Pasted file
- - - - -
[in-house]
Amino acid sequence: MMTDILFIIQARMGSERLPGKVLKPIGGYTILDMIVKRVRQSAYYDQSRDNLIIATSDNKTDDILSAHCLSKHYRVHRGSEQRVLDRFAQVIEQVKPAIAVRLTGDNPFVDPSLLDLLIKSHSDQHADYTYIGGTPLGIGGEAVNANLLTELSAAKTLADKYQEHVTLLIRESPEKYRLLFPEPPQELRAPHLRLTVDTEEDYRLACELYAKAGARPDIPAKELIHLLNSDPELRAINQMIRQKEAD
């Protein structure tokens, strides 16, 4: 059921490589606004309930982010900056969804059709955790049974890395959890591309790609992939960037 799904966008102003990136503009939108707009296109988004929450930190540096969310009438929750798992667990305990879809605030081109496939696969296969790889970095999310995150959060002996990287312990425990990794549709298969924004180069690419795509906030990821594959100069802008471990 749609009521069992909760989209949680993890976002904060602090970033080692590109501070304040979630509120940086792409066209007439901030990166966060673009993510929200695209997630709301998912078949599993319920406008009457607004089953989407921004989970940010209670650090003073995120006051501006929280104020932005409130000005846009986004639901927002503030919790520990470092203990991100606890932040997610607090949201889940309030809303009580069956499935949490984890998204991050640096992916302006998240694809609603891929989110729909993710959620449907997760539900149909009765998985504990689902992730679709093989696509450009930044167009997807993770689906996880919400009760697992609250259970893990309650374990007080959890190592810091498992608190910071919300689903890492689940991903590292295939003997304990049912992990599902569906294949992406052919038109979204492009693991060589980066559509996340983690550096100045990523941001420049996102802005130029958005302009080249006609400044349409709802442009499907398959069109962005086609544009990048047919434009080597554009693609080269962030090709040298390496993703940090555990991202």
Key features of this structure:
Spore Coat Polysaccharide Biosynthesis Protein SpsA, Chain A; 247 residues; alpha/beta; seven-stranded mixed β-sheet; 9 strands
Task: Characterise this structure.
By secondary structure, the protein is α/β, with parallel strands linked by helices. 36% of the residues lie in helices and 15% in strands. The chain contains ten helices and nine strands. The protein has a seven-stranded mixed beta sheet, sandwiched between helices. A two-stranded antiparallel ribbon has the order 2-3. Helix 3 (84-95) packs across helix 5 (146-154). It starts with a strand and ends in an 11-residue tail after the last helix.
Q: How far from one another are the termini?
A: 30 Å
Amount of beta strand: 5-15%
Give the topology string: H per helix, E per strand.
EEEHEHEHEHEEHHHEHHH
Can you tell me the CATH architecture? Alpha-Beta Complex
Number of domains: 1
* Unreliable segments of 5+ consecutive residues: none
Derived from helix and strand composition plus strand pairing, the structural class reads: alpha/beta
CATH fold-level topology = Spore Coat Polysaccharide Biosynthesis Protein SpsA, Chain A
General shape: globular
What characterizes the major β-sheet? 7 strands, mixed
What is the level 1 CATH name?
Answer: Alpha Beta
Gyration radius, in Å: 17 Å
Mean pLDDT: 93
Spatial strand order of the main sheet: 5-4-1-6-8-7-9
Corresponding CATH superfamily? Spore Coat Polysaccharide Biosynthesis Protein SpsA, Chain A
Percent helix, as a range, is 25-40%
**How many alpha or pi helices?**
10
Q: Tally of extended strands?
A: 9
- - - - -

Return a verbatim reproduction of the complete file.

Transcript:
[in-house]
Amino acid sequence: MMTDILFIIQARMGSERLPGKVLKPIGGYTILDMIVKRVRQSAYYDQSRDNLIIATSDNKTDDILSAHCLSKHYRVHRGSEQRVLDRFAQVIEQVKPAIAVRLTGDNPFVDPSLLDLLIKSHSDQHADYTYIGGTPLGIGGEAVNANLLTELSAAKTLADKYQEHVTLLIRESPEKYRLLFPEPPQELRAPHLRLTVDTEEDYRLACELYAKAGARPDIPAKELIHLLNSDPELRAINQMIRQKEAD
């Protein structure tokens, strides 16, 4: 059921490589606004309930982010900056969804059709955790049974890395959890591309790609992939960037 799904966008102003990136503009939108707009296109988004929450930190540096969310009438929750798992667990305990879809605030081109496939696969296969790889970095999310995150959060002996990287312990425990990794549709298969924004180069690419795509906030990821594959100069802008471990 749609009521069992909760989209949680993890976002904060602090970033080692590109501070304040979630509120940086792409066209007439901030990166966060673009993510929200695209997630709301998912078949599993319920406008009457607004089953989407921004989970940010209670650090003073995120006051501006929280104020932005409130000005846009986004639901927002503030919790520990470092203990991100606890932040997610607090949201889940309030809303009580069956499935949490984890998204991050640096992916302006998240694809609603891929989110729909993710959620449907997760539900149909009765998985504990689902992730679709093989696509450009930044167009997807993770689906996880919400009760697992609250259970893990309650374990007080959890190592810091498992608190910071919300689903890492689940991903590292295939003997304990049912992990599902569906294949992406052919038109979204492009693991060589980066559509996340983690550096100045990523941001420049996102802005130029958005302009080249006609400044349409709802442009499907398959069109962005086609544009990048047919434009080597554009693609080269962030090709040298390496993703940090555990991202």
Key features of this structure:
Spore Coat Polysaccharide Biosynthesis Protein SpsA, Chain A; 247 residues; alpha/beta; seven-stranded mixed β-sheet; 9 strands
Task: Characterise this structure.
By secondary structure, the protein is α/β, with parallel strands linked by helices. 36% of the residues lie in helices and 15% in strands. The chain contains ten helices and nine strands. The protein has a seven-stranded mixed beta sheet, sandwiched between helices. A two-stranded antiparallel ribbon has the order 2-3. Helix 3 (84-95) packs across helix 5 (146-154). It starts with a strand and ends in an 11-residue tail after the last helix.
Q: How far from one another are the termini?
A: 30 Å
Amount of beta strand: 5-15%
Give the topology string: H per helix, E per strand.
EEEHEHEHEHEEHHHEHHH
Can you tell me the CATH architecture? Alpha-Beta Complex
Number of domains: 1
* Unreliable segments of 5+ consecutive residues: none
Derived from helix and strand composition plus strand pairing, the structural class reads: alpha/beta
CATH fold-level topology = Spore Coat Polysaccharide Biosynthesis Protein SpsA, Chain A
General shape: globular
What characterizes the major β-sheet? 7 strands, mixed
What is the level 1 CATH name?
Answer: Alpha Beta
Gyration radius, in Å: 17 Å
Mean pLDDT: 93
Spatial strand order of the main sheet: 5-4-1-6-8-7-9
Corresponding CATH superfamily? Spore Coat Polysaccharide Biosynthesis Protein SpsA, Chain A
Percent helix, as a range, is 25-40%
**How many alpha or pi helices?**
10
Q: Tally of extended strands?
A: 9